"Father," she say. "What's your daddy's name?
"Carl Kenwood Jones, born in the Bronx."
She say, "Whats the baby's father's name?"
I say, "Carl Kenwood Jones, born in the same Bronx."
She quiet quiet. Say, "Shame, thas a shame. Twelve years old, twelve years old," ...
She say, "Was you ever, I mean did you ever get to be a chile?" Thas a stupid question, did I ever get to be a chile? I am a chile.
After reading Atonement I think I thought I was ready to tackle all the other horribly depressing books on my To Read List, and thus I picked up Push. It's a short first-person novel, so we as the audience are getting everything from Precious's perspective and in her voice. Many readers find the phonetic spellings and illiteracy to be frustrating or a bad attempt at 'keepin' it real' (as spelled in several 1-star amazon reviews), but...um....that's how some people talk?
I spent four years teaching in a minority-majority urban school and her voice felt very true to me, particularly how she acts in class. One second she is refusing to follow directions and yelling "Mutherfucker I ain't deaf!" and when she refuses to leave the classroom she says "I ain' going nowhere mutherfucker till the bell ring. I came here to learn maff and yo gon' teach me" and then her internal monologue reveals, "I didn't want to hurt or embarass him like that you know. But I couldn't let him, anybody, know, page 122 look like page 152, 22, 3, 6, 5 - all the pages look alike to me. 'N I really do want to learn. Everyday I tell myself something gonna happen, some shit like on TV. I'm gonna break through or somebody gonna break through to me - I'm gonna learn, catch up, be normal, change my seat to the front of the class. But again, it has not been that day." Finally, when the other kids start acting up, she tries to keep them in line. "In fac' some of the other natives get restless I break on 'em. I say, 'Shut up mutherfuckers I'm tryin' to learn something.'" All of these are so true - teens talk that way, teens FEEL that way (that they will magically wake up and their problems will be solved), teens who are illiterate, and teens who are disruptive and failing and then defend you against other kids for seemingly no reason.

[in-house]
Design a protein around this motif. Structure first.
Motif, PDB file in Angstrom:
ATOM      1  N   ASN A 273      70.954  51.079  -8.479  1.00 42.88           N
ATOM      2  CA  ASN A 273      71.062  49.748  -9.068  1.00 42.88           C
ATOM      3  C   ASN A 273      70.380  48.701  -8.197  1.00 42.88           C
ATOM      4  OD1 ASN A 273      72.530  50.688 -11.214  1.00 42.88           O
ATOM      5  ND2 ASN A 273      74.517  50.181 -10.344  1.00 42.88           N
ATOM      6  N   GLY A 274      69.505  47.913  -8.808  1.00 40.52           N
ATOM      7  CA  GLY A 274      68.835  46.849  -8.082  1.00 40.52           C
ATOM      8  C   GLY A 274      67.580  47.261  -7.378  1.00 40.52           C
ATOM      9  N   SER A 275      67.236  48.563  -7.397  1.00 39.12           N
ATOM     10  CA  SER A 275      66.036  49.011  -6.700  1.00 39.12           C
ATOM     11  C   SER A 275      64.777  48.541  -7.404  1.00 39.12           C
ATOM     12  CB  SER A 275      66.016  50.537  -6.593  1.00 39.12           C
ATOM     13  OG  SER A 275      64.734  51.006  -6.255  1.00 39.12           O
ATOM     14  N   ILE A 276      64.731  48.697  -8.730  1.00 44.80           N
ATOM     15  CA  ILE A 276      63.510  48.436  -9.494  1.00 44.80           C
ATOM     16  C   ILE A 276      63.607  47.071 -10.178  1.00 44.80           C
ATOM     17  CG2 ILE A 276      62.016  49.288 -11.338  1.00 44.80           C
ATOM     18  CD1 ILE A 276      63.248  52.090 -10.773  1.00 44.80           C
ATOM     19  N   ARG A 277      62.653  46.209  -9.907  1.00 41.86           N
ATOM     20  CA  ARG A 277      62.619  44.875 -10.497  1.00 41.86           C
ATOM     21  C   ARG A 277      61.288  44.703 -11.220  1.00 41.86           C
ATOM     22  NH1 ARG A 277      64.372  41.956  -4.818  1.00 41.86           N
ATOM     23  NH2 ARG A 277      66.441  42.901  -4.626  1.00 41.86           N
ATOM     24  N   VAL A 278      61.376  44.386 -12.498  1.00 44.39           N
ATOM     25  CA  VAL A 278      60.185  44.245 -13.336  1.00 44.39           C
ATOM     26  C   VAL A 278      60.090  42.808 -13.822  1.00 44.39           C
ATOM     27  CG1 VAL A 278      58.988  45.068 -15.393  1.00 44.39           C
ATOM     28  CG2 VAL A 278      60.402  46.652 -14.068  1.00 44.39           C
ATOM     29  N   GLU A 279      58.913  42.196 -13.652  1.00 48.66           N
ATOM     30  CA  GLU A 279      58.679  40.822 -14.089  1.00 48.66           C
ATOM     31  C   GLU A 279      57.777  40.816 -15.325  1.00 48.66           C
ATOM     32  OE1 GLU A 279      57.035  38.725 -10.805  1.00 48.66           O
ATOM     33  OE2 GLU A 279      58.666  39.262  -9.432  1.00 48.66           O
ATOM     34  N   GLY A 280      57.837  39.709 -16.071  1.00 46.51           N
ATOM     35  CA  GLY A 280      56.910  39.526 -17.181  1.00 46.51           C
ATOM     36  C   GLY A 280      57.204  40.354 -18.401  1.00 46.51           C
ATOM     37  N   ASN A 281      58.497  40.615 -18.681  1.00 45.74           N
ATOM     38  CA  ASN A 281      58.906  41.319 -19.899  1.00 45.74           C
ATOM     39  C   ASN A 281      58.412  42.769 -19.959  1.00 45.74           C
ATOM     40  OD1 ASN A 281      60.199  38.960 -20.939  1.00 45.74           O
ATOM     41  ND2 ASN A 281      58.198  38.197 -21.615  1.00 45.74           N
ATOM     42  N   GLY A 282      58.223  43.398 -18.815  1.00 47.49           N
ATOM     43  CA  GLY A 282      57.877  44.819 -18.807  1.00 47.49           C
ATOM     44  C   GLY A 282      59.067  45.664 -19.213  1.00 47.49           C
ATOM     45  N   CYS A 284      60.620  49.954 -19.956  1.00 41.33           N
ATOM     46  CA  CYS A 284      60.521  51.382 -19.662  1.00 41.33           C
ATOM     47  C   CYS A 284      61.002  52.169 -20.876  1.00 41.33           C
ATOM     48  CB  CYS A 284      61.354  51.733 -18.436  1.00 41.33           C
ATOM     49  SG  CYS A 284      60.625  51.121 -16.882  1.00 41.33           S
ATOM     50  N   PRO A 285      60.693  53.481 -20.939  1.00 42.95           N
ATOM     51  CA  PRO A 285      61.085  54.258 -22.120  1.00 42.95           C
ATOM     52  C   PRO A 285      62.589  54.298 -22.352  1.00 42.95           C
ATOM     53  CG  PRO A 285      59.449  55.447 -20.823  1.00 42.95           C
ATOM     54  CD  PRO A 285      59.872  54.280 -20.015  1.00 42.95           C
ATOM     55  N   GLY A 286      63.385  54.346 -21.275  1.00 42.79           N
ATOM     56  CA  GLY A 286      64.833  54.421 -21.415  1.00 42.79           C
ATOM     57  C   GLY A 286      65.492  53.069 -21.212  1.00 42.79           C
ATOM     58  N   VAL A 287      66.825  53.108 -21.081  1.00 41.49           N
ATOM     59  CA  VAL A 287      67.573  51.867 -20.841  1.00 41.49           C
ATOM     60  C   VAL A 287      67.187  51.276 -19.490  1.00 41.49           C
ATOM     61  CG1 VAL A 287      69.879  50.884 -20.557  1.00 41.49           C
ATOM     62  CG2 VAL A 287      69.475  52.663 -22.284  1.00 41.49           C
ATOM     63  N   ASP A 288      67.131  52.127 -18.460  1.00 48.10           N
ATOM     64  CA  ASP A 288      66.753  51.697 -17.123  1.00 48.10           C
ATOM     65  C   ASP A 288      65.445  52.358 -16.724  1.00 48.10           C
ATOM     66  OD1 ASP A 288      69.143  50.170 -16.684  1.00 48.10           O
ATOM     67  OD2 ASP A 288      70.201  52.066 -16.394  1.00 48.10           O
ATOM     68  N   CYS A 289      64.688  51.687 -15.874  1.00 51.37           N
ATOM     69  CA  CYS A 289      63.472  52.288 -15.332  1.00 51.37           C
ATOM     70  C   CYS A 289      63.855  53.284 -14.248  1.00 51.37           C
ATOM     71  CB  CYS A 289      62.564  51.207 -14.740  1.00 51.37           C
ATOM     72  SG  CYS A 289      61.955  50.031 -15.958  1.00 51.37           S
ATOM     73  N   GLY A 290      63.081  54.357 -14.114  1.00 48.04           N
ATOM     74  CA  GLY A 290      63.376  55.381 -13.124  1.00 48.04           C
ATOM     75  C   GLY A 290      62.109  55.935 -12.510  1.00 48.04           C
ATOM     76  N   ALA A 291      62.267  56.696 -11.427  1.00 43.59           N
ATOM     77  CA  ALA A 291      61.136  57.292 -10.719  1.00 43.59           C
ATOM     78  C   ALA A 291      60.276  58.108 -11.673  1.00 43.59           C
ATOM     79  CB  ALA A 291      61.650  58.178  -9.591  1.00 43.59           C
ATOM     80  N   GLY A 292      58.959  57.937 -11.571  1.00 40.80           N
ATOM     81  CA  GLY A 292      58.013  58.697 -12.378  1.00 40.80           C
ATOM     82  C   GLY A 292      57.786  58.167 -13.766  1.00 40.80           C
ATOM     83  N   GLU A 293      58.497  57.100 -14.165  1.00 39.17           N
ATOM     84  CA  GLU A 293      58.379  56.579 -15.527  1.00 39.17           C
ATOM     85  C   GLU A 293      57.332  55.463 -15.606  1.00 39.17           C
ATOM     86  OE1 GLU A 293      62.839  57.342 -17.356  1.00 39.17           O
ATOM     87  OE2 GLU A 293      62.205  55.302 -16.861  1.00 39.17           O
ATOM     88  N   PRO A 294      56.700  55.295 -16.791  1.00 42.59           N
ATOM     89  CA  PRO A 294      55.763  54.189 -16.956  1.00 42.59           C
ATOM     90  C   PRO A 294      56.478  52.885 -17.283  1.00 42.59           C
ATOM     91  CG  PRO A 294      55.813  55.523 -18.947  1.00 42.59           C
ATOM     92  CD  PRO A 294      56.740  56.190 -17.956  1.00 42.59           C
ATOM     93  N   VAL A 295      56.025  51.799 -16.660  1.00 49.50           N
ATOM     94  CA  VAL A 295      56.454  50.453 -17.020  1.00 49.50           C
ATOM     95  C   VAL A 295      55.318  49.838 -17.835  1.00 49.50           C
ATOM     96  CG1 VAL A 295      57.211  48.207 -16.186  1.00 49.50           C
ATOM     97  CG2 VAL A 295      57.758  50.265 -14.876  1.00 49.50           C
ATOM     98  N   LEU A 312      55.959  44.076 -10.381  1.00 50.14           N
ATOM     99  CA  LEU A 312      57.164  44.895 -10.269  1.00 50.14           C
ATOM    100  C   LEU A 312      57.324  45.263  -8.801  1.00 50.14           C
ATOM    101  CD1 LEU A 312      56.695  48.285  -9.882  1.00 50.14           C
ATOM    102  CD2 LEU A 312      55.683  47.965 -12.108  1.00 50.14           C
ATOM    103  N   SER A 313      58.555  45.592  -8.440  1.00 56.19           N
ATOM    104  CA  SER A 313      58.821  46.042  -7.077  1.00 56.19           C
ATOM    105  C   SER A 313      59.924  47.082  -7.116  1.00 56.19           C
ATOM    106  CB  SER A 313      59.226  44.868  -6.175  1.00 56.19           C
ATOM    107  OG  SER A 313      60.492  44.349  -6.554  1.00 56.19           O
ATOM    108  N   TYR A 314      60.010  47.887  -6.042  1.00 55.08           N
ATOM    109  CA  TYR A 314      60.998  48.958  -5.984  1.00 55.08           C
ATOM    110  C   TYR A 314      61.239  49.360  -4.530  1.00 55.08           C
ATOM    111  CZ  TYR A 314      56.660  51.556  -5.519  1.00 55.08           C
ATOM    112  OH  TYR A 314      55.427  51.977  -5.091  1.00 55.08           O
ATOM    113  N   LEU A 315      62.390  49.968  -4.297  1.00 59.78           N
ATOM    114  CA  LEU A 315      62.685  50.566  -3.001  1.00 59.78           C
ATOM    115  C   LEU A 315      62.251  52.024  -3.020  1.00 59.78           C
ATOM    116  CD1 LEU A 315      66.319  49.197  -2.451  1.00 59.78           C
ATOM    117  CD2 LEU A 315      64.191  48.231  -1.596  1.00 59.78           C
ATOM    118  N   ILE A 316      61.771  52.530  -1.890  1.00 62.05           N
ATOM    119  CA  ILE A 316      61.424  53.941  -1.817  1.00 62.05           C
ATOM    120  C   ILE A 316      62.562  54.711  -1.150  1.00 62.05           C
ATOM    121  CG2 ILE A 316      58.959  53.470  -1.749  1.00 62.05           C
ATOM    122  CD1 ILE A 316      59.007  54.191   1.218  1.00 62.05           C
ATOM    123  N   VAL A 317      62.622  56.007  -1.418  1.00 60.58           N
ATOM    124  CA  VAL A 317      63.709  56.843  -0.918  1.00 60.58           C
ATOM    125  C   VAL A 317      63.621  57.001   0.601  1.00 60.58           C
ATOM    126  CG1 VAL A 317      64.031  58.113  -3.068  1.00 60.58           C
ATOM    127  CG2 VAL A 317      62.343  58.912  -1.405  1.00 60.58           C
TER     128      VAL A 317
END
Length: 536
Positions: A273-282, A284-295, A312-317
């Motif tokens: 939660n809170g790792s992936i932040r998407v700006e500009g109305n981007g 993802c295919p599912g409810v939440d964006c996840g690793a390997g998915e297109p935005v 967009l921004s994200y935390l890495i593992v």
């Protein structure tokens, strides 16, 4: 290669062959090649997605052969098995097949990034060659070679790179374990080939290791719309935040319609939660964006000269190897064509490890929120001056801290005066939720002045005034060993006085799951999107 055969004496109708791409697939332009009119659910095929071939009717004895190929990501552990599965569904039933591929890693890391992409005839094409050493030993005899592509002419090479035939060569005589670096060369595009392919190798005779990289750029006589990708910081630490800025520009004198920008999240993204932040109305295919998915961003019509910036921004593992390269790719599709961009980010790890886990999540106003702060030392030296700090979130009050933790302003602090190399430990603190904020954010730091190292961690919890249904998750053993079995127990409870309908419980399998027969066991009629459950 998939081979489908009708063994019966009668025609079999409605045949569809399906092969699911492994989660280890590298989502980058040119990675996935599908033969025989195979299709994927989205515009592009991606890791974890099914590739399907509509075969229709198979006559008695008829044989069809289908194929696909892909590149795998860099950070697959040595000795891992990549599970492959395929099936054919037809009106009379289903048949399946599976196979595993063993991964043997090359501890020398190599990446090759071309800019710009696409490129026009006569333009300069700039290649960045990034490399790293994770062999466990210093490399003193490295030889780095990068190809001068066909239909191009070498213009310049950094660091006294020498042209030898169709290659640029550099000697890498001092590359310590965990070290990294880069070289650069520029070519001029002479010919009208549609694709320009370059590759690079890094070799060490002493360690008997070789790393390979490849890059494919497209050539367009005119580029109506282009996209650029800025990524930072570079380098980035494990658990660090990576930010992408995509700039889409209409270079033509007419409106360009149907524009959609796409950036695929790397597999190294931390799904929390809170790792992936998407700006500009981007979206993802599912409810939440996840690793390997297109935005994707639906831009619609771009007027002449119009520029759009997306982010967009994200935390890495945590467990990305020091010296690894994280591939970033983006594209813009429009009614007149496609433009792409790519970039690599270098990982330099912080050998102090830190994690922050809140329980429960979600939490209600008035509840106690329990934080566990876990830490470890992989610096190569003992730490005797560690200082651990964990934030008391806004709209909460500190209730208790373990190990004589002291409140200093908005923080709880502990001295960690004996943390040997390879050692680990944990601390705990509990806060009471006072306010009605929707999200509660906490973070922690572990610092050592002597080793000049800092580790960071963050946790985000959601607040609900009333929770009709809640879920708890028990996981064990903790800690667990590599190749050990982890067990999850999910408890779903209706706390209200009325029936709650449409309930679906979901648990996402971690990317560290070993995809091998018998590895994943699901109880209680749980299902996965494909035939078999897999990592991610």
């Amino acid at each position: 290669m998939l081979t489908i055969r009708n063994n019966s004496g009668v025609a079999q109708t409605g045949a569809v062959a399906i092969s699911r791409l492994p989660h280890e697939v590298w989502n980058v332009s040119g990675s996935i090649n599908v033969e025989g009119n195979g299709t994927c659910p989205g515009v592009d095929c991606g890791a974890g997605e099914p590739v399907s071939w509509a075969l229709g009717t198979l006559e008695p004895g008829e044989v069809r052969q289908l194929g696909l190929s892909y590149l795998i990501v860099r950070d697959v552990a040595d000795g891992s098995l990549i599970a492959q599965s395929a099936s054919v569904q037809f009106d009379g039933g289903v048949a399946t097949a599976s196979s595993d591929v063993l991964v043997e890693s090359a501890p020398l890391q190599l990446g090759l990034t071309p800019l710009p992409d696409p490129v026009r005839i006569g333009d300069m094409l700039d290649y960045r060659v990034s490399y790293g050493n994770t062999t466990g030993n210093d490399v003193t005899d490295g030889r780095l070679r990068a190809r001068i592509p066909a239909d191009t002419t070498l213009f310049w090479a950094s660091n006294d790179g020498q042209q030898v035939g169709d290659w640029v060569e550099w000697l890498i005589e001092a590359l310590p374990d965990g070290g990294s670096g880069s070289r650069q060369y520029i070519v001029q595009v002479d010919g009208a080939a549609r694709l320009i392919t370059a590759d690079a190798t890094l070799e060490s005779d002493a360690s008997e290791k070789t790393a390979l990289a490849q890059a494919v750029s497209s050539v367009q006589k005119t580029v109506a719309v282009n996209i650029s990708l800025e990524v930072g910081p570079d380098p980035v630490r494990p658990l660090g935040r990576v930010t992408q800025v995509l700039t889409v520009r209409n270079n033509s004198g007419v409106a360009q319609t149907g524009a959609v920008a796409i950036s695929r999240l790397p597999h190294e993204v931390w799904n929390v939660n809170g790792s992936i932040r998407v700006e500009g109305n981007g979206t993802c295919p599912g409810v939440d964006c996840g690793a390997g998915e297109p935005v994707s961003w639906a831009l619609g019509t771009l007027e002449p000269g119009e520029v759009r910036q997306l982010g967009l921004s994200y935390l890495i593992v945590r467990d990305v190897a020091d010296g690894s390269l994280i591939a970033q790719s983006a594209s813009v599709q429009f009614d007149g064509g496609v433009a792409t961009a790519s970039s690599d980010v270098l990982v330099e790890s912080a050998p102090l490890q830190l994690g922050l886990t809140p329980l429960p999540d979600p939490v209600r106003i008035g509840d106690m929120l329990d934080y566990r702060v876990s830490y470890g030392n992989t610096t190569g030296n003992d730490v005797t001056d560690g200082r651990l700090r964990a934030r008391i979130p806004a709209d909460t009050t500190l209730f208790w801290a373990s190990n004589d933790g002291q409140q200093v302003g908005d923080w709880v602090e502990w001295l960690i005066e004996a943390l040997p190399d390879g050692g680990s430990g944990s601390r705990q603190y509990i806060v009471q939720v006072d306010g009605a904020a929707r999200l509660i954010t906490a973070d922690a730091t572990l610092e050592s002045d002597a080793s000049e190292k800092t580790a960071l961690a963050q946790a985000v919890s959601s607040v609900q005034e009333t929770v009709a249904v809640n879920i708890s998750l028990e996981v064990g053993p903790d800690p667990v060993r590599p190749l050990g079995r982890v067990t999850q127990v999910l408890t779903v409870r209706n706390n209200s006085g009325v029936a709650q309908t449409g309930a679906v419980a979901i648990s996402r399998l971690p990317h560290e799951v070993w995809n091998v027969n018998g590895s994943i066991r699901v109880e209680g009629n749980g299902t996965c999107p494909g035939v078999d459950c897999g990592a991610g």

The subject matter is obvious from the first page, so I haven't given anything away. However, it is more depressing, more joyful, more funny, more uplifting, and more fucked up than these opening quotes indicate.
Everything, from the description of the sexual abuse to the other people in the GRE prep course to the way that every system in place to protect children and women and poor people often makes it impossible for them to make real meaningful changes to improve their life situations in a permanent way...felt true.
In contrast to the haters who feel like this book is trying too hard, promoting stereotypes, and glamorizing poverty and sexual abuse, I have to agree with Sapphire in this interview where she says she felt she had to write this novel because "[she] had the intense feeling that if [she] didn't write this book no one else would" and that the story forces people to see "an obese black woman as a feeling, intelligent person, as a person who dreams, as a person who wants the things that [the audience] wants."
This novel moved me emotionally in a way that I haven't been moved in a long time, and I think it is a very important book, especially for anyone who thinks they want to work with someone like Precious in education or social work.